The Source and Creation of ERISA Fiduciary
By Mark Johnson, Ph.D., J.D.
The Employee Retirement Income
Security Act of 1974 (ERISA) is a federal law that establishes legal and
operational guidelines for private pension and employee benefit plans.
The law requires that plan sponsors must provide participants with specific
information about plan features and funding. ERISA also establishes certain
fiduciary responsibilities for those who manage the plan, which is what
will be discussed in this article.
Administrators and fiduciaries
of an ERISA plan have certain legal obligations to employees who participate
in a plan. They must act solely in the interests of participants and beneficiaries,
for the exclusive purpose of furnishing benefits and paying reasonable
plan expenses. Fiduciaries of the plan they must perform their functions
in a prudent and careful manner, diversify any plan investments to minimize
risk, and must comply with any written documents that govern the particular
ERISA requires every plan have
at least one named fiduciary with authority to manage the plan. Plans
also must have a plan administrator and some plans require a trustee.
The rationale is to let plan participants know who is responsible for
operating the plan for their benefit.
In a corporate setting, it is common
for the employer to be the plan sponsor, administrator, fiduciary and
trustee. Naturally, a corporation can operate only through individuals,
but while encouraged by the Department of Labor, (DOL), it is not a requirement
to name individuals as fiduciaries. The only automatic fiduciaries, by
the nature of their positions, are the plan administrator and trustees.
Although there are different models
that corporations and corporate groups use to carry out their ERISA responsibilities
and otherwise govern the plan(s), a common design is for a board of directors
to either create committee(s), or empower the CEO to do so. These committees
may consist of officers of the corporation who are empowered with the
discretionary authority to perform all acts necessary to create amend,
administer, interpret and terminate, as they deem appropriate the company’s
benefit plans. In some instances, the board may require that final approve
for some decisions must come from the board itself.
The committees, whose members are
fiduciaries, will work with appropriate members of the organization and
outside advisors to implement this mandate. Although fiduciaries, committee
members are not always governed by fiduciary rules, even when they make
decisions regarding the plan. For example the decision to amend or terminate
the plan is not a fiduciary act, although the implementation of such decisions
could be. They are also not governed by ERISA’s fiduciary standards
when making corporate decisions, even when those decisions affect plan
participants. Committees will often delegate important functions to other
people within the organization. Depending on the nature of the delegation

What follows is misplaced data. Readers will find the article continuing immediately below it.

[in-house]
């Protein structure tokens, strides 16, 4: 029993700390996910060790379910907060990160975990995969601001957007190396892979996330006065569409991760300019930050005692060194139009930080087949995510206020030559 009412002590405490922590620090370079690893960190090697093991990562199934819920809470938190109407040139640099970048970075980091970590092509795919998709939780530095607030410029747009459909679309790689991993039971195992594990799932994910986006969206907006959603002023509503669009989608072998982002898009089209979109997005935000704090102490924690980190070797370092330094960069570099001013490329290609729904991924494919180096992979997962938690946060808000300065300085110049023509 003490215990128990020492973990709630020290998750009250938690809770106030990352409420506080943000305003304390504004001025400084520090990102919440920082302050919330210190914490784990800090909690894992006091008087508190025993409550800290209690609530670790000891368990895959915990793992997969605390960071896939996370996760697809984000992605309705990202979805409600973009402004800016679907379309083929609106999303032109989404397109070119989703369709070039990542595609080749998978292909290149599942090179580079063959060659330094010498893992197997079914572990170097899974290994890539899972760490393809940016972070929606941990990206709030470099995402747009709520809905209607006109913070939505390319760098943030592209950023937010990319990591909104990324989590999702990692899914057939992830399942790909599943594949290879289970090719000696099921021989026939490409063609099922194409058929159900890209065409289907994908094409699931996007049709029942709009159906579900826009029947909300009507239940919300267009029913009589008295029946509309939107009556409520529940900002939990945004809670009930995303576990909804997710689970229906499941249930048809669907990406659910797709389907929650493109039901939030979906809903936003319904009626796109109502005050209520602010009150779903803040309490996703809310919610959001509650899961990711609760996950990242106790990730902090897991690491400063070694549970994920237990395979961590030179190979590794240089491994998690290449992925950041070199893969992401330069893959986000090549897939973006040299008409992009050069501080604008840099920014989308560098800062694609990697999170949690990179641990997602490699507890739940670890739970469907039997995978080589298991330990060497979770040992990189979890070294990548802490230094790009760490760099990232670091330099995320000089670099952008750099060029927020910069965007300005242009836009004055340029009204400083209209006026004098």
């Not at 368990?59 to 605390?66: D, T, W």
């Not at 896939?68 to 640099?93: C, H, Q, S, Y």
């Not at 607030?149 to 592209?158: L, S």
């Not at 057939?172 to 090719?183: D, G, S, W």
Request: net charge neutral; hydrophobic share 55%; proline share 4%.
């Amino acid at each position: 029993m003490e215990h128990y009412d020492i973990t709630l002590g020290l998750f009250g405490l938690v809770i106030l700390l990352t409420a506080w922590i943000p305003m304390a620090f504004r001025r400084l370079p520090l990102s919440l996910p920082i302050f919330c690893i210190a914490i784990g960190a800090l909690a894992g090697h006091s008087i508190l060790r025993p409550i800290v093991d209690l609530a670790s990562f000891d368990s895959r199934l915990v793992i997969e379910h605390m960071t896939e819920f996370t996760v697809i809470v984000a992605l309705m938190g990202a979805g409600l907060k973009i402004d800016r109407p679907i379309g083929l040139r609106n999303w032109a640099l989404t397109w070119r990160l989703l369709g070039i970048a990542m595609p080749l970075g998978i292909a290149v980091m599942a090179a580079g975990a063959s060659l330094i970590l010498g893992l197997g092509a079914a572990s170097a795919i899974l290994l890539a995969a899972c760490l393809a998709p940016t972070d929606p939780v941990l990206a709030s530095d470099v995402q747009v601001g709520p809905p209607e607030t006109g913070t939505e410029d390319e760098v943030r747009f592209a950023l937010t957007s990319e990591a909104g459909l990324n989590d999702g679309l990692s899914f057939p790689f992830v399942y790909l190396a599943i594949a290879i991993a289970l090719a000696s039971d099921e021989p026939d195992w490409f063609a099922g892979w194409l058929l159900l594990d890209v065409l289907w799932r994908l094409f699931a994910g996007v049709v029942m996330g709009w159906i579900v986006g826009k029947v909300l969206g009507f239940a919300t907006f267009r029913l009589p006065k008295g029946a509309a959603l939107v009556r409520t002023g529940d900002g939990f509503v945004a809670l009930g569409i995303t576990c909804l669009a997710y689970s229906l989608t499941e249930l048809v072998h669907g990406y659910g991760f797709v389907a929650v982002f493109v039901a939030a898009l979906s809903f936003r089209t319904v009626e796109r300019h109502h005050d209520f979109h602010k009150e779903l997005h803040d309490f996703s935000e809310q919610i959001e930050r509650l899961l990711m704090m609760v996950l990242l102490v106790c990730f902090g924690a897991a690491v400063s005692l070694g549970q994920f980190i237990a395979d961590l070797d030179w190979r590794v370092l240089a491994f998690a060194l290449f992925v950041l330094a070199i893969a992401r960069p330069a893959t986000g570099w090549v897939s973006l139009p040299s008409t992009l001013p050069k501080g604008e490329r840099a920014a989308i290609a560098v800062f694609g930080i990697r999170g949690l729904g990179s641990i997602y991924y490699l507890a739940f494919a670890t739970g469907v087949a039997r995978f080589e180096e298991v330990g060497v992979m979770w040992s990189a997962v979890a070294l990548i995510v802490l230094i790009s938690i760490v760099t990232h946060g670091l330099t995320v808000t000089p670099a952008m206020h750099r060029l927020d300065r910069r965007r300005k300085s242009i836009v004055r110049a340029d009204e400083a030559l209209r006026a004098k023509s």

order, such delegates may or may not become fiduciaries.
ERISA § 3(21) creates another
category of fiduciaries known as “functional” fiduciaries.
As the name implies, fiduciary status is derived not from a formal designation,
but from the actual duties of the individual. A functional fiduciary is
one who exercises discretional authority or control over a benefit plan;
has discretionary authority or responsibility regarding a benefit plan;
or renders investment advice for a fee, or directs those who do the latter.
The DOL distinguishes between discretionary
(fiduciary) activity and work it deems administrative (or “ministerial”).
The latter activities include:
• Applying rules to determine
eligibility for participation or benefits;
• Calculating service or compensation credit for benefits;
• Preparing employee communications materials;
• Maintaining participant service records;
• Preparing government agency reports;
• Calculating benefits;
• Orienting new participants and advising participants of their
rights and options under the plan;
• Collecting and transmitting contributions as provided in the plan;
• Processing claims; and
• Making recommendations to others for decisions about plan administration.
A person performing these functions
within a framework of policies, interpretations, rules, practices and
procedures developed by other personnel, is not acting in a fiduciary
ERISA is a complex law that must
be carefully followed in order to maintain compliance.
ABOUT THE AUTHOR
Dr. Mark Johnson is a highly experienced
ERISA expert. As a former ERISA Plan Managing Director and plan fiduciary
for a Fortune 500 company, Dr. Johnson has practical knowledge of plan
documents as well as an in-depth understanding of ERISA obligations. He
works on assignments including 401(k), ESOP and pension fiduciary liability;
retiree medical benefit coverage; third party administrator disputes;
individual benefit claims; pension benefits in bankruptcy; long term disability
benefits; and cash conversion balances.
Contact ERISA Expert Dr. Mark Johnson
You can reach Dr. Johnson via email or by phone at 817-909-0778. He is available to confidentially discuss a benefits matter.
Click on the link to read about his representative ERISA cases.